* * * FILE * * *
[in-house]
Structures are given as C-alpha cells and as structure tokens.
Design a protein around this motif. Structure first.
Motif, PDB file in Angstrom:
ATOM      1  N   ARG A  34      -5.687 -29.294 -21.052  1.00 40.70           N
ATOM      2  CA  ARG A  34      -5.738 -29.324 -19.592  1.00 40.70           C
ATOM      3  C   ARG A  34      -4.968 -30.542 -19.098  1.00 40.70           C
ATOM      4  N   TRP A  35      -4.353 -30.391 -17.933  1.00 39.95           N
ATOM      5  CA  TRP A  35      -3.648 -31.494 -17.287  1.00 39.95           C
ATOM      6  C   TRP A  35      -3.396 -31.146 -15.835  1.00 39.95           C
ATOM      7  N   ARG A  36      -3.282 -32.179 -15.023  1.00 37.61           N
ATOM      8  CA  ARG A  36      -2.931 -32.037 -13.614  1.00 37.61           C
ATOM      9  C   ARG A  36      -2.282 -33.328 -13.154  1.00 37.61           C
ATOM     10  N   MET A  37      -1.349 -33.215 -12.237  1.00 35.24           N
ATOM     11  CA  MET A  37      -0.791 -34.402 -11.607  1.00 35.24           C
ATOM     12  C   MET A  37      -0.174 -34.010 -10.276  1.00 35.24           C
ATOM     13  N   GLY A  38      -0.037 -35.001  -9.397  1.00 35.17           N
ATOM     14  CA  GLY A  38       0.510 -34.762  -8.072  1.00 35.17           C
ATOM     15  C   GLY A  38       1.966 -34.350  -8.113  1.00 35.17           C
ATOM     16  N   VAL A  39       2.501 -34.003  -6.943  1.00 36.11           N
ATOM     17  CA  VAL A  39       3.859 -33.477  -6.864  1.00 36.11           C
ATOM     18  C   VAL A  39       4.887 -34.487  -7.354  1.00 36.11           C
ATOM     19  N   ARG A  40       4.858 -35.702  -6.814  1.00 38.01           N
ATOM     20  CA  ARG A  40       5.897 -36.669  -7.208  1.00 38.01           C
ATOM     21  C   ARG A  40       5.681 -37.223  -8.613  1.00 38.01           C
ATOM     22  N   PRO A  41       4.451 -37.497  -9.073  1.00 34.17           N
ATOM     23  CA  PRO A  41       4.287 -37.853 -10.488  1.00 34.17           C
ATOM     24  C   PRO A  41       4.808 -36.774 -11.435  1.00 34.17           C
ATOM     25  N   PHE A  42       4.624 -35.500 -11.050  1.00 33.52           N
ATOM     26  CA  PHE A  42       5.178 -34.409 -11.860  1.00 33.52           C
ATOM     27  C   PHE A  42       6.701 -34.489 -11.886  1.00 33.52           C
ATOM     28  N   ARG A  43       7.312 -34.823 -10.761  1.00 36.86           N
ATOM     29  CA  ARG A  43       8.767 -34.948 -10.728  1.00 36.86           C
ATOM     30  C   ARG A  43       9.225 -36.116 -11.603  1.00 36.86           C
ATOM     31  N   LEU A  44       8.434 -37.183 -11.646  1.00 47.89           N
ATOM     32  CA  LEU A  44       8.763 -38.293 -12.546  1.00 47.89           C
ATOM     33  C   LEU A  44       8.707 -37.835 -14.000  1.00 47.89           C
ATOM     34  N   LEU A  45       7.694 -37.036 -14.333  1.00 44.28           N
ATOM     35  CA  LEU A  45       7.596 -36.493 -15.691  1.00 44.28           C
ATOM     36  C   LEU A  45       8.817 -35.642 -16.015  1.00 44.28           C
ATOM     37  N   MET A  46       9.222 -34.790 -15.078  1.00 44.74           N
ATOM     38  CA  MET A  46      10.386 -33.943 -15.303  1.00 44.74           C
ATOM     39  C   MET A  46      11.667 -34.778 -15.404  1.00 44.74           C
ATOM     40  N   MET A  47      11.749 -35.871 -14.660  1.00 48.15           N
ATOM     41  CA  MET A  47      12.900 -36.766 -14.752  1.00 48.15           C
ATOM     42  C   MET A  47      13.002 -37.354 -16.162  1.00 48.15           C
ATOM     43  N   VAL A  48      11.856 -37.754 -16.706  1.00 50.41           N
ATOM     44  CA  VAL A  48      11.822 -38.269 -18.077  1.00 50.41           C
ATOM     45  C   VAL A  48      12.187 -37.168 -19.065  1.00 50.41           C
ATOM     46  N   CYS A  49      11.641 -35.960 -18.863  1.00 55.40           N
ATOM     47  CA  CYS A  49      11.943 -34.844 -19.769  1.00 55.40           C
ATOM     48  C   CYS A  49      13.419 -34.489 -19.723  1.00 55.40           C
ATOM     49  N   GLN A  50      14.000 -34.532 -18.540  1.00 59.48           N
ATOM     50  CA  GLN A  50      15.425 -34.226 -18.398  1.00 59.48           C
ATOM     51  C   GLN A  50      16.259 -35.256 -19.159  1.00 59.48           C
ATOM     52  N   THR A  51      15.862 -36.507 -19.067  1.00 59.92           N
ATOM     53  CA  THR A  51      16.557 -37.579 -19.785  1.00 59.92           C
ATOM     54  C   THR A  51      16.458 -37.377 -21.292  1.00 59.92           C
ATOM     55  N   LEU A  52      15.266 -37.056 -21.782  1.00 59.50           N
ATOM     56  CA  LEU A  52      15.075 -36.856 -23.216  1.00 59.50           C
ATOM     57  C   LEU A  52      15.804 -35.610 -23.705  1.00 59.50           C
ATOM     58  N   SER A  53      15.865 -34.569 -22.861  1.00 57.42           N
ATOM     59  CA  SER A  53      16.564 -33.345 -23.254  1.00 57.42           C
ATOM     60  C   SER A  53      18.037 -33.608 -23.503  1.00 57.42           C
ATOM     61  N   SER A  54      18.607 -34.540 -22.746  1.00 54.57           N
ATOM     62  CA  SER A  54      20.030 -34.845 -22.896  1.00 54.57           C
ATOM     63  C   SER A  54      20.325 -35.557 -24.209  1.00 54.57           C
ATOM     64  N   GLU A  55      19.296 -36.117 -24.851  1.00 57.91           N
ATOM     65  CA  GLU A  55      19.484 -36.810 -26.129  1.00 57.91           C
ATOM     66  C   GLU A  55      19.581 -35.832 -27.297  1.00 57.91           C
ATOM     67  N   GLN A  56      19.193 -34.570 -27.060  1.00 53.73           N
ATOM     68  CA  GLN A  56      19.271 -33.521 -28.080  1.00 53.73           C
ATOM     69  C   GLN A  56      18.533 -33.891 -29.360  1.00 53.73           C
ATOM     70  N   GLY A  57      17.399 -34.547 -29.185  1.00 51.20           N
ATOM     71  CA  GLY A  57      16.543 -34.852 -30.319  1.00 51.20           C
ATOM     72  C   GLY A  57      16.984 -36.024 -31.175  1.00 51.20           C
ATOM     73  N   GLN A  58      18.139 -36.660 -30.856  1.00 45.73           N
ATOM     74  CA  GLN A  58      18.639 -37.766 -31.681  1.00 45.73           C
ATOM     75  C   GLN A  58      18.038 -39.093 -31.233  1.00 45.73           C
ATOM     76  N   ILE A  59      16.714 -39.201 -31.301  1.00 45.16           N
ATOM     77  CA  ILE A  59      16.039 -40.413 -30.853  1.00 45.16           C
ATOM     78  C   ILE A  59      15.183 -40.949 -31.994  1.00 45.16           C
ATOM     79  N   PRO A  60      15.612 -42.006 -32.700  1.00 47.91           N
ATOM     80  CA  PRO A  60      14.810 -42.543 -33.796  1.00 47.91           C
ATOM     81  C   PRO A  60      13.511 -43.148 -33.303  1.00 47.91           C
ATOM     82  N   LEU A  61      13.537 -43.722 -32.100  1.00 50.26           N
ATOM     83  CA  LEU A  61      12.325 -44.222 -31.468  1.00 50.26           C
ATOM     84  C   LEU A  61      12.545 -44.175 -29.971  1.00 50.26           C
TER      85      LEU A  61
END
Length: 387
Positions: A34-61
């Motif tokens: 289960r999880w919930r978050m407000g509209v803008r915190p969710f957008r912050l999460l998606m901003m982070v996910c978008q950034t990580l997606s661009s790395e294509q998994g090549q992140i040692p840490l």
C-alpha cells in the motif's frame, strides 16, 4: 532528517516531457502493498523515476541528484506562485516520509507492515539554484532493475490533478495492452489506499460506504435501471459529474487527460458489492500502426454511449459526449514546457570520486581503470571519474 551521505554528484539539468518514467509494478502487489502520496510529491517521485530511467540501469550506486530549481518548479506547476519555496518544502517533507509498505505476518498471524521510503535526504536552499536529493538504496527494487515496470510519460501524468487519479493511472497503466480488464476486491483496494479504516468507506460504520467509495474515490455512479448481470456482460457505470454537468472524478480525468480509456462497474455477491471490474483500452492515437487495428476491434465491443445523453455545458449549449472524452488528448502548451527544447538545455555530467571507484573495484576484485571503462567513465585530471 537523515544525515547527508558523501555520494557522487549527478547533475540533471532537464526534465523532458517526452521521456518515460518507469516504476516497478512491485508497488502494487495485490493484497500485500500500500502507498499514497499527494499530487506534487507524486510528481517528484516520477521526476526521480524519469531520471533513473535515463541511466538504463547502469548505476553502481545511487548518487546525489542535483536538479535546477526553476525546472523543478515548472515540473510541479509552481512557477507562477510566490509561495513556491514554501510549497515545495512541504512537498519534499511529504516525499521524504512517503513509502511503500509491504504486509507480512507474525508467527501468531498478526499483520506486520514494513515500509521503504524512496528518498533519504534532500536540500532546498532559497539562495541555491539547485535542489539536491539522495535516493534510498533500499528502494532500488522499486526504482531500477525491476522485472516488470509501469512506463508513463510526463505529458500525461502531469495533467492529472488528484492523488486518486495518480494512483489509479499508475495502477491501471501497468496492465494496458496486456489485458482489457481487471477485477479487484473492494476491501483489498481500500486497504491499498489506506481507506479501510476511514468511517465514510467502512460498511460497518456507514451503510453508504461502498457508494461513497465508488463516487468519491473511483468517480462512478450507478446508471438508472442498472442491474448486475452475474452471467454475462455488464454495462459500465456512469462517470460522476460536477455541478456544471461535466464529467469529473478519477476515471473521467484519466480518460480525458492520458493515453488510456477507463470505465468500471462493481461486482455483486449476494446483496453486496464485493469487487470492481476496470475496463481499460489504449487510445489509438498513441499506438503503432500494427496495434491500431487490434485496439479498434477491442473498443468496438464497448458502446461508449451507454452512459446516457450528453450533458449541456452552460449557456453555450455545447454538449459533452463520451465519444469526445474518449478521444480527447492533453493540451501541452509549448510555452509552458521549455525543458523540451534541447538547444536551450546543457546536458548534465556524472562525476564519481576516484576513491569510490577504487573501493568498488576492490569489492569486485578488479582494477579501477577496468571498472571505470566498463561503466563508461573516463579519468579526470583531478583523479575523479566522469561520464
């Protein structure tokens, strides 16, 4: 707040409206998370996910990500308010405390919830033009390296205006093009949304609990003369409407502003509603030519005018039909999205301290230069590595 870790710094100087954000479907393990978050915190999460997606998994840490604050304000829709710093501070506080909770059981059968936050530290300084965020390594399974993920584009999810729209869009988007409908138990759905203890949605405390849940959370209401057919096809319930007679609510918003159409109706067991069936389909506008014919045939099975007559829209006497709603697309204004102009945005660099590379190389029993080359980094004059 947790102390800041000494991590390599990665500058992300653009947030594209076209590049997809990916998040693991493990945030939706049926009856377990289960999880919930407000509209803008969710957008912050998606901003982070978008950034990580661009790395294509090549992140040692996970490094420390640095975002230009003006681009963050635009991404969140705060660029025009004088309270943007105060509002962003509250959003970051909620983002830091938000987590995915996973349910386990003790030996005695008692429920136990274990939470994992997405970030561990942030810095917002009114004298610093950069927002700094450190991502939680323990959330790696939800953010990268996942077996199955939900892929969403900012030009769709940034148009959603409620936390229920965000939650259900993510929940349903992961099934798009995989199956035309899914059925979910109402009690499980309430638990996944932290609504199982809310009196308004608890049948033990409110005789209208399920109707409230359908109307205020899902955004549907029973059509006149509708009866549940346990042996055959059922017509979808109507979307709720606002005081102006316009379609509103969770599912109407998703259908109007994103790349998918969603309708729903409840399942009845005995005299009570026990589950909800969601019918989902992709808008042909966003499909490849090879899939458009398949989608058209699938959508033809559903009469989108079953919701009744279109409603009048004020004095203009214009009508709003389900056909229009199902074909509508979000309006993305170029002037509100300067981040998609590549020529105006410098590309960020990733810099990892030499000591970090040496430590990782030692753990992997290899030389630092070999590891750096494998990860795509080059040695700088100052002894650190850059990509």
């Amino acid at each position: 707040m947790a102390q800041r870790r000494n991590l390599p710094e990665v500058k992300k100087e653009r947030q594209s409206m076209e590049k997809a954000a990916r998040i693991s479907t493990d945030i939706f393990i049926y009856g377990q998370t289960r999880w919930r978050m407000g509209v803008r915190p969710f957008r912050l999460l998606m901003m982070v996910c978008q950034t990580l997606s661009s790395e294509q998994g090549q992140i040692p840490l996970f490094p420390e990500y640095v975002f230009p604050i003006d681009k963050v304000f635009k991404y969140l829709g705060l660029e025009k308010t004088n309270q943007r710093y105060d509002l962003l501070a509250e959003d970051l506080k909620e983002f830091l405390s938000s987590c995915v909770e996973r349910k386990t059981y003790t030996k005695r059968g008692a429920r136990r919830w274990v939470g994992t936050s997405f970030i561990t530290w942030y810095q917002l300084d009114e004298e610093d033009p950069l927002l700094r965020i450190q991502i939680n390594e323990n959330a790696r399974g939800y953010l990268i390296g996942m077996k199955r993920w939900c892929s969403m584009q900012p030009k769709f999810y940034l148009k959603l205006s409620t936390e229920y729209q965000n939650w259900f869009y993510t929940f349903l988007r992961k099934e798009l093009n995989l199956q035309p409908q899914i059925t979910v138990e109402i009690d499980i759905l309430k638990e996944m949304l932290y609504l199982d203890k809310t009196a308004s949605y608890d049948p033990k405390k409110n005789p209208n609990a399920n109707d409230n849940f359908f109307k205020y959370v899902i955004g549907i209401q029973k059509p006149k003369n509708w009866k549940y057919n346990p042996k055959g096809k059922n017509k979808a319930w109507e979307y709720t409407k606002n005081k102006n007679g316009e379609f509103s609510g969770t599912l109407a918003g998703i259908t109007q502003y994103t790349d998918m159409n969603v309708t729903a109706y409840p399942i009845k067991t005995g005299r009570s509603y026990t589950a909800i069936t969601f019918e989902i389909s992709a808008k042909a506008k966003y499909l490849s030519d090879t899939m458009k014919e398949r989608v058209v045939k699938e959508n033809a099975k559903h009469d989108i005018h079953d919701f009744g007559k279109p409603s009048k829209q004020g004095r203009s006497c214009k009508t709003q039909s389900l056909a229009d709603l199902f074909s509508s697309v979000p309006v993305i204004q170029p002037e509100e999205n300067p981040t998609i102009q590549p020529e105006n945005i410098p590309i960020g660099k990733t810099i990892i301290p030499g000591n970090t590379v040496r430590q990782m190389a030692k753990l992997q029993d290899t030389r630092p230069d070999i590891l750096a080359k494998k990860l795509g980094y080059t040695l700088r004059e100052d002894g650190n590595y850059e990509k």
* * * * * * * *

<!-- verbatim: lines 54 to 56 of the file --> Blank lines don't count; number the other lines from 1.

ATOM     50  CA  GLN A  50      15.425 -34.226 -18.398  1.00 59.48           C
ATOM     51  C   GLN A  50      16.259 -35.256 -19.159  1.00 59.48           C
ATOM     52  N   THR A  51      15.862 -36.507 -19.067  1.00 59.92           N